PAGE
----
Winsted-Lester Prairie Journal, April 10, 2000

Budget cuts ahead for LP School

By Dale Kovar

The budget axe will be falling at Lester Prairie Public Schools soon.

A financial report presented to the Lester Prairie School Board Tuesday showed that if the district operates next year the same as it has this year, it will run $225,000 in the red, even with the excess levy referendum funds.

The reason is primarily a declining enrollment - 44 fewer students in March 2000 than at the end of the 1999 school year.

About half of that difference was due to a larger senior class graduating than the size of the kindergarten class entering the school system. That factor is significant because state funding for high school students is higher than for elementary.

Another group of students lost is those who open enrolled to another district to take advantage of an English as a Second Language program, which Lester Prairie does not offer.

Supt. James Redfield said state funding increases over the years have not kept up with rising expenses.

"In the next two to three years, we have to reduce expenses to get back on level," he said.

The board set a general target of at least $150,000 in cuts for next year. Principals are to make some recommendations for the board's next meeting.

"There are some things we can do, but I don't consider that we have a lot of fat," Elementary Principal Richard Hartshorn said.

He said the Title I program will likely have to take some cuts.

Dean of Students Joe Miller mentioned the proposed six classes per day instead of seven, and there is potential for reducing some half-time positions and para-professionals.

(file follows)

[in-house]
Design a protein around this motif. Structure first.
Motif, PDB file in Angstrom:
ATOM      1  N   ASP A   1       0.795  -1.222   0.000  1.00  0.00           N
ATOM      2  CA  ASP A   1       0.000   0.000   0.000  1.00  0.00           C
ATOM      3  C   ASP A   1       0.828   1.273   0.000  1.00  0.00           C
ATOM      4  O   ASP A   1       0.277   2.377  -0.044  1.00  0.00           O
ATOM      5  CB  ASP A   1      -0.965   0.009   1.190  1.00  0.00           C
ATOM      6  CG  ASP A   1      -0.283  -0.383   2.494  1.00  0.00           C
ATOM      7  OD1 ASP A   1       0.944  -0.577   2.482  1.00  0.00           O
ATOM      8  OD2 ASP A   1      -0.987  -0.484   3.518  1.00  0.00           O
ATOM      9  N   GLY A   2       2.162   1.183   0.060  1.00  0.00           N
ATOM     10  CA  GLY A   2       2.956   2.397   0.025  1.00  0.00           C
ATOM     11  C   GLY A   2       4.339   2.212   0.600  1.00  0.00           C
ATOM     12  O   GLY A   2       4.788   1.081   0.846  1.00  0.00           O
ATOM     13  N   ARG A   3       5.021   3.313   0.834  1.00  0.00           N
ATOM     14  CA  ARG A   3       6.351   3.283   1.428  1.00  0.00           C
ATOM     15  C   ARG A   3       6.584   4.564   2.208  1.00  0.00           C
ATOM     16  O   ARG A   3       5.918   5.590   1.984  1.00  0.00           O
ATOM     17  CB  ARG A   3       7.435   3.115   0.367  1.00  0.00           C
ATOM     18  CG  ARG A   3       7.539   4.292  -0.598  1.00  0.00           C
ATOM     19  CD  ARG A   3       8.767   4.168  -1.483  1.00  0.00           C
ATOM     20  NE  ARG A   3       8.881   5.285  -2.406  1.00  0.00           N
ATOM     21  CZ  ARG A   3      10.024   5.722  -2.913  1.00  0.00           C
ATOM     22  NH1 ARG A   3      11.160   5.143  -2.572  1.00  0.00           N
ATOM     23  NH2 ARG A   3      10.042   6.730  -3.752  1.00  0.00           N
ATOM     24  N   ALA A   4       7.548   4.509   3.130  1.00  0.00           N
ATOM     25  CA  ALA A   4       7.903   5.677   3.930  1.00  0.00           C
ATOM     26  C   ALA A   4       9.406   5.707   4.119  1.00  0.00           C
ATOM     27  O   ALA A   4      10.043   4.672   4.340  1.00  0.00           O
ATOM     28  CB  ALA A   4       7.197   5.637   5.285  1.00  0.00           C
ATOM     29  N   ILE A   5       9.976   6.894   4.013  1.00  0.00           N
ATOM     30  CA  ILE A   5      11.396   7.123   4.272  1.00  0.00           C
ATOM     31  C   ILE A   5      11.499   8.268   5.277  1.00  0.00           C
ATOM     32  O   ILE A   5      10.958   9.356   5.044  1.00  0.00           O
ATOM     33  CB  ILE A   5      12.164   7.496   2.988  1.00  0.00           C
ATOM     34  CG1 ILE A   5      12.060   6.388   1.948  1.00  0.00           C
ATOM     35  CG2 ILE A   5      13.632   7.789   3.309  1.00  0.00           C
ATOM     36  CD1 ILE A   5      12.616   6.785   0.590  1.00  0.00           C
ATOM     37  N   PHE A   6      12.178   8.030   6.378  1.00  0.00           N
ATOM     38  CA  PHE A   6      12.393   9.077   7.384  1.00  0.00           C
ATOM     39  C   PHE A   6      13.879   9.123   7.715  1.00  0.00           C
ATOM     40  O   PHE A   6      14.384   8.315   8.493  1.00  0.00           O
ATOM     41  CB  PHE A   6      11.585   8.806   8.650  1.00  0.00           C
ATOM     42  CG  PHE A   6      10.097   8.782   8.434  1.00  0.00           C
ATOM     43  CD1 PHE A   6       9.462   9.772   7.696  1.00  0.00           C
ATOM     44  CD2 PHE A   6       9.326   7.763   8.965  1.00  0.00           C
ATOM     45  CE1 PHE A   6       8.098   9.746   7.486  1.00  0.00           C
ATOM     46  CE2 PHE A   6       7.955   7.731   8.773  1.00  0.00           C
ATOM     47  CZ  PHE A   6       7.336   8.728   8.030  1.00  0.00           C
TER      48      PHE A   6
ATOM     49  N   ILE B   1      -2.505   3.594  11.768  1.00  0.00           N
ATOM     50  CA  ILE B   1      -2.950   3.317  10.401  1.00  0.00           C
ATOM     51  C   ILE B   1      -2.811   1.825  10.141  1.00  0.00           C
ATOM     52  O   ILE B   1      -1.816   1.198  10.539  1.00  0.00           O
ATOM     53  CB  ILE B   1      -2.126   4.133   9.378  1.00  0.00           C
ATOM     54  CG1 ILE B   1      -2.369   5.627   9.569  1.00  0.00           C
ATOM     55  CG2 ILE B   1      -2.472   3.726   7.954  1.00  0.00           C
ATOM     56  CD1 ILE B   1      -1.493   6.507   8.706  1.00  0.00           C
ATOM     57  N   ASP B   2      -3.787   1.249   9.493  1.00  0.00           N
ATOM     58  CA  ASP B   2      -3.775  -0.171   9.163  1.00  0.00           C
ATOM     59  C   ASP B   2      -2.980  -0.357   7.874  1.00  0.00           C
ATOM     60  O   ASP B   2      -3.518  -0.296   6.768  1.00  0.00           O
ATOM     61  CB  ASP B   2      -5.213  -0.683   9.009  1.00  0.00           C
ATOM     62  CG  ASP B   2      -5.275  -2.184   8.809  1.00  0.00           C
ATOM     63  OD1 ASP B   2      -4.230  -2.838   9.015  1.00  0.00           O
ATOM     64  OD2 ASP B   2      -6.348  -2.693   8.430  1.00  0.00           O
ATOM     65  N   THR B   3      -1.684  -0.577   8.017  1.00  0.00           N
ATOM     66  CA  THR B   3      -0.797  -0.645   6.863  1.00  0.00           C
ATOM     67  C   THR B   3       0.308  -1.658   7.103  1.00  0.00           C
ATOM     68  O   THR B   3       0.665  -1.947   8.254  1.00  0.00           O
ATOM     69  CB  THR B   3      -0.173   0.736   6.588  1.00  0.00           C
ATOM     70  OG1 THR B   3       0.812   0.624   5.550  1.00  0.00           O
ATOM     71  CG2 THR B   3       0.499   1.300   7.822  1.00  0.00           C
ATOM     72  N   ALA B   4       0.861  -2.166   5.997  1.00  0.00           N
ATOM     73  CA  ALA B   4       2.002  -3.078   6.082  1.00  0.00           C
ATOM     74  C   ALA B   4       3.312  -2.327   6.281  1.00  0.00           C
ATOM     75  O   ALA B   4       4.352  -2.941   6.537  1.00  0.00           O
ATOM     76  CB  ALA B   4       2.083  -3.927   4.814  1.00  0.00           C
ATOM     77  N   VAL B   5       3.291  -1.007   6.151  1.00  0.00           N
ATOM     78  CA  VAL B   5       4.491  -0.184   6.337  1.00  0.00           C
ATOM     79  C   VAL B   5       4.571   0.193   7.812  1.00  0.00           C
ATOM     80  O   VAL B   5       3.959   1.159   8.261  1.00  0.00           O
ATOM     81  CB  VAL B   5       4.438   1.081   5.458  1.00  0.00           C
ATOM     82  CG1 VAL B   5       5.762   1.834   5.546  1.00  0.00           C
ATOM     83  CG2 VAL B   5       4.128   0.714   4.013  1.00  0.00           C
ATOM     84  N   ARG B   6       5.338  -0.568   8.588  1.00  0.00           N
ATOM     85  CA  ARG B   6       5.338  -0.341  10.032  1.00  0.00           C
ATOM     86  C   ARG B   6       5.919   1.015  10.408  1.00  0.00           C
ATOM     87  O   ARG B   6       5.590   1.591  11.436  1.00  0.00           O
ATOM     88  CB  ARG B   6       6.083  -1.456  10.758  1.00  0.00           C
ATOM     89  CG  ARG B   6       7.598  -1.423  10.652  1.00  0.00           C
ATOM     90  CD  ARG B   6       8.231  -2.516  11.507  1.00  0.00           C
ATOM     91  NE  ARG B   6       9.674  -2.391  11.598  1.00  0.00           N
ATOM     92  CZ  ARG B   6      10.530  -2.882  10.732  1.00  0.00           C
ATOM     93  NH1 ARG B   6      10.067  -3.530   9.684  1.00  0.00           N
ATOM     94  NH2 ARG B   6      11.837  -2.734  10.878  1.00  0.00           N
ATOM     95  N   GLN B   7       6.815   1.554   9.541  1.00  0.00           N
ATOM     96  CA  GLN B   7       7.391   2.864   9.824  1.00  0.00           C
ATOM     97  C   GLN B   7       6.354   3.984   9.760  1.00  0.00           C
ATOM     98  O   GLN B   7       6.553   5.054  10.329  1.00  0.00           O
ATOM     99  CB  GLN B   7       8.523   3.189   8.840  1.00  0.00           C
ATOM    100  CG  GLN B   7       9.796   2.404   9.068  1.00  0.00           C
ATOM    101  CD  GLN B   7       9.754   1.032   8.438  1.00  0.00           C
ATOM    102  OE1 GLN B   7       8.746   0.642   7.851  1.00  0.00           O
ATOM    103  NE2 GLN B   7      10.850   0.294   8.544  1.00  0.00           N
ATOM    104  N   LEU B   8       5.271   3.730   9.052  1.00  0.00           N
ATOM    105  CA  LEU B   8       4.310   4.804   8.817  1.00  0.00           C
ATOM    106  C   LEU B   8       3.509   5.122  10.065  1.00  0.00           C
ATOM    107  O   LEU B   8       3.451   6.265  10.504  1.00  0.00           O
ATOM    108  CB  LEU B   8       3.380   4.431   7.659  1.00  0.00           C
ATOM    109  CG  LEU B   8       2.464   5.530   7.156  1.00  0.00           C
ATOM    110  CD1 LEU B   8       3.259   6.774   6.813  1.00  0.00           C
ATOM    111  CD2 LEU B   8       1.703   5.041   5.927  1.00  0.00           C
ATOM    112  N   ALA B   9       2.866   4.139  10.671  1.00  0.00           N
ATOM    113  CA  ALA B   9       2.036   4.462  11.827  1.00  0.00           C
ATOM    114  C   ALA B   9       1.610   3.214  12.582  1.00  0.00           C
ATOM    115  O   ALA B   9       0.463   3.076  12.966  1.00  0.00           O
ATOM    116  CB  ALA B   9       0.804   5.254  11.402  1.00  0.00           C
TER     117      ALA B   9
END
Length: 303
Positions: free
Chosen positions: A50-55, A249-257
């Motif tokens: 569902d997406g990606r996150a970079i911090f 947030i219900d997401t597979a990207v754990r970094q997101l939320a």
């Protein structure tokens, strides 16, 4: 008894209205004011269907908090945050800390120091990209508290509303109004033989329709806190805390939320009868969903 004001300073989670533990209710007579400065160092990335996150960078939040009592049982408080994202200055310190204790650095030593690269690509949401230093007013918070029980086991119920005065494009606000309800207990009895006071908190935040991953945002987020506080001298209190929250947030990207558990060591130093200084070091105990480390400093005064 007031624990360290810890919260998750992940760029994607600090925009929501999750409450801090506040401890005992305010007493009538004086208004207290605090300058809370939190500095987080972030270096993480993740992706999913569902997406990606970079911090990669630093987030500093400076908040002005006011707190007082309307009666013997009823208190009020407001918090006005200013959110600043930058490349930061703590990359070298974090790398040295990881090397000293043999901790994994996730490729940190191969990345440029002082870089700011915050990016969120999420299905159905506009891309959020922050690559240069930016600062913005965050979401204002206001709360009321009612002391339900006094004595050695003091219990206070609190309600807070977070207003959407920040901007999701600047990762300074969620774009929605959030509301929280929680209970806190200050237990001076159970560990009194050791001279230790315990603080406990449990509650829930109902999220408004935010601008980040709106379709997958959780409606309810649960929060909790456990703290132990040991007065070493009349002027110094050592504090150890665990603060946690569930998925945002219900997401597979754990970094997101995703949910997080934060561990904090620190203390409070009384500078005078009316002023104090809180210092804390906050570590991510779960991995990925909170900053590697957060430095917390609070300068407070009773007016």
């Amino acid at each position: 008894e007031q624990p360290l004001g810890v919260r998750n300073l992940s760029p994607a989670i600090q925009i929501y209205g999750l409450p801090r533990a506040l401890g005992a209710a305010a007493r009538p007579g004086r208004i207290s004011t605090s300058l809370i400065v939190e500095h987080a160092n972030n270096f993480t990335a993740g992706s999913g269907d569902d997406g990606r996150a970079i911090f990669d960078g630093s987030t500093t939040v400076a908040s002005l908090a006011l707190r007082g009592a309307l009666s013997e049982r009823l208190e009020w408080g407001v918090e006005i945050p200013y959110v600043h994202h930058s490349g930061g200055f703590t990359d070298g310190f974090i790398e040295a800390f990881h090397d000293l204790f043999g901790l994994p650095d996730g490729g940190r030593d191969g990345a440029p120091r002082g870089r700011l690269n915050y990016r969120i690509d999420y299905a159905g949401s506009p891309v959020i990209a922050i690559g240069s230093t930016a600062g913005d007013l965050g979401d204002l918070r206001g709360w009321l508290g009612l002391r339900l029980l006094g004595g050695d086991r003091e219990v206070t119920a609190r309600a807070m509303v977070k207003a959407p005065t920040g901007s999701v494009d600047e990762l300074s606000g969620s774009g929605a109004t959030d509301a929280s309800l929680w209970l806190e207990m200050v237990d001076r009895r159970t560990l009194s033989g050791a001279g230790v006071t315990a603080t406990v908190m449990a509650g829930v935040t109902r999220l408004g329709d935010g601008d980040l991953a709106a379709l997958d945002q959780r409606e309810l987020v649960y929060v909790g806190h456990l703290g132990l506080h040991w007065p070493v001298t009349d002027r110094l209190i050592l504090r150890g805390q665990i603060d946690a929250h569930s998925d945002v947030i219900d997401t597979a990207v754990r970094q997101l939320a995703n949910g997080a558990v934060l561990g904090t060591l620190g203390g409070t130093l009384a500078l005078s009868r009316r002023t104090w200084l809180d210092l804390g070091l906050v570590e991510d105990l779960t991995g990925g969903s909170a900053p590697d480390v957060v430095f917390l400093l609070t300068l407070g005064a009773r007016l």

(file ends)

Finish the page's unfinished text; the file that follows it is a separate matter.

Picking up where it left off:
"We're still not going to get the numbers you're looking at," Miller said. "If you're going to cut $100,000 or $200,000, there are going to be people who are upset. There aren't places that we have a lot of extra things. It will cut curriculum because you will have to cut people."

Board member Nancy Krull asked to have a few pros and cons listed with each proposed cut to help the board evaluate what would "make sense."

Board member Barry Kyllo said, "We talked scenarios a couple years ago and wanted a viable school here. When we have to cut curriculum, we lose more kids, and then have to cut some more. How are we going to keep it around?"

Responding to a comment about "realistic" cuts, Kyllo asked: "Whether it's realistic or not, do we have a choice? Can we run in the red constantly?"

"Not constantly," Redfield answered.

The board will pick up the issue again at its next meeting Monday, April 17.

Elementary parking

Board member Fred Blaser, also Lester Prairie's police chief, presented a proposed parking plan to improve safety along the elementary area on the west side of the school.

Generally, it would eliminate five parking spaces to make an area for loading and unloading only.

The goal is to eliminate double parking, which is illegal anyway, Blaser pointed out.

The board also mentioned other possibilities such as diagonal parking or making that portion of Fir St. a one-way, but those were dropped in favor of the original proposal.

Still, it will have to go through the city council for approval since it is a city street.

Blaser was directed to approach the council with the plan. The hope is to have the new arrangement in place for the beginning of the next school year.

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